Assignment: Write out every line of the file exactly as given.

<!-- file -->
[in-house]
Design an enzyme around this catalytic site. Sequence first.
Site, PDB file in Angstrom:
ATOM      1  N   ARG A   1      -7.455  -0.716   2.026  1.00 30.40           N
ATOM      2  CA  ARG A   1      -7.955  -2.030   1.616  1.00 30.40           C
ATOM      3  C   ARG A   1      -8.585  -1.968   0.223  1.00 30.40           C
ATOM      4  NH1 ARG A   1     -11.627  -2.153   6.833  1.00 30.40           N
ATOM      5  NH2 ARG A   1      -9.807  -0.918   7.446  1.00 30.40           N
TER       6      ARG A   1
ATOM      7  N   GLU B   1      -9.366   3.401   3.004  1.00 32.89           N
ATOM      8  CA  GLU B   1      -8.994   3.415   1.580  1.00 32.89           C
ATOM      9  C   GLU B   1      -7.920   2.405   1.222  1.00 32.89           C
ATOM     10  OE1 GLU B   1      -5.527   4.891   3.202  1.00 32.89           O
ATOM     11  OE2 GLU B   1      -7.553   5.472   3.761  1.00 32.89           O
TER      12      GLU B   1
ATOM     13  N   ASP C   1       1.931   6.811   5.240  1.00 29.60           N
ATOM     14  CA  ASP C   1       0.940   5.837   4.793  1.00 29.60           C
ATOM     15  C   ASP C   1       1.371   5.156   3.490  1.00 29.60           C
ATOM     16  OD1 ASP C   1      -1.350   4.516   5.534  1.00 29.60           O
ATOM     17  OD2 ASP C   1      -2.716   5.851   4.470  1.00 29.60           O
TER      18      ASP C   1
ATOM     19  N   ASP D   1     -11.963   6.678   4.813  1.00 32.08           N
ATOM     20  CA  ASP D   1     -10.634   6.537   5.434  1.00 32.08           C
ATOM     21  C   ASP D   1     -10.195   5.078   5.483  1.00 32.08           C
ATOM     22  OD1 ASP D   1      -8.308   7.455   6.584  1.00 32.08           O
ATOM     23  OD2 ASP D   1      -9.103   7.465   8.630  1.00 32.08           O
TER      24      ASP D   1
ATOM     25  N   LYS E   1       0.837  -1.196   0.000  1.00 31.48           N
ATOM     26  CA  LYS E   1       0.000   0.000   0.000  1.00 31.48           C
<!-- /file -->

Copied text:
[in-house]
Design an enzyme around this catalytic site. Sequence first.
Site, PDB file in Angstrom:
ATOM      1  N   ARG A   1      -7.455  -0.716   2.026  1.00 30.40           N
ATOM      2  CA  ARG A   1      -7.955  -2.030   1.616  1.00 30.40           C
ATOM      3  C   ARG A   1      -8.585  -1.968   0.223  1.00 30.40           C
ATOM      4  NH1 ARG A   1     -11.627  -2.153   6.833  1.00 30.40           N
ATOM      5  NH2 ARG A   1      -9.807  -0.918   7.446  1.00 30.40           N
TER       6      ARG A   1
ATOM      7  N   GLU B   1      -9.366   3.401   3.004  1.00 32.89           N
ATOM      8  CA  GLU B   1      -8.994   3.415   1.580  1.00 32.89           C
ATOM      9  C   GLU B   1      -7.920   2.405   1.222  1.00 32.89           C
ATOM     10  OE1 GLU B   1      -5.527   4.891   3.202  1.00 32.89           O
ATOM     11  OE2 GLU B   1      -7.553   5.472   3.761  1.00 32.89           O
TER      12      GLU B   1
ATOM     13  N   ASP C   1       1.931   6.811   5.240  1.00 29.60           N
ATOM     14  CA  ASP C   1       0.940   5.837   4.793  1.00 29.60           C
ATOM     15  C   ASP C   1       1.371   5.156   3.490  1.00 29.60           C
ATOM     16  OD1 ASP C   1      -1.350   4.516   5.534  1.00 29.60           O
ATOM     17  OD2 ASP C   1      -2.716   5.851   4.470  1.00 29.60           O
TER      18      ASP C   1
ATOM     19  N   ASP D   1     -11.963   6.678   4.813  1.00 32.08           N
ATOM     20  CA  ASP D   1     -10.634   6.537   5.434  1.00 32.08           C
ATOM     21  C   ASP D   1     -10.195   5.078   5.483  1.00 32.08           C
ATOM     22  OD1 ASP D   1      -8.308   7.455   6.584  1.00 32.08           O
ATOM     23  OD2 ASP D   1      -9.103   7.465   8.630  1.00 32.08           O
TER      24      ASP D   1
ATOM     25  N   LYS E   1       0.837  -1.196   0.000  1.00 31.48           N
ATOM     26  CA  LYS E   1       0.000   0.000   0.000  1.00 31.48           C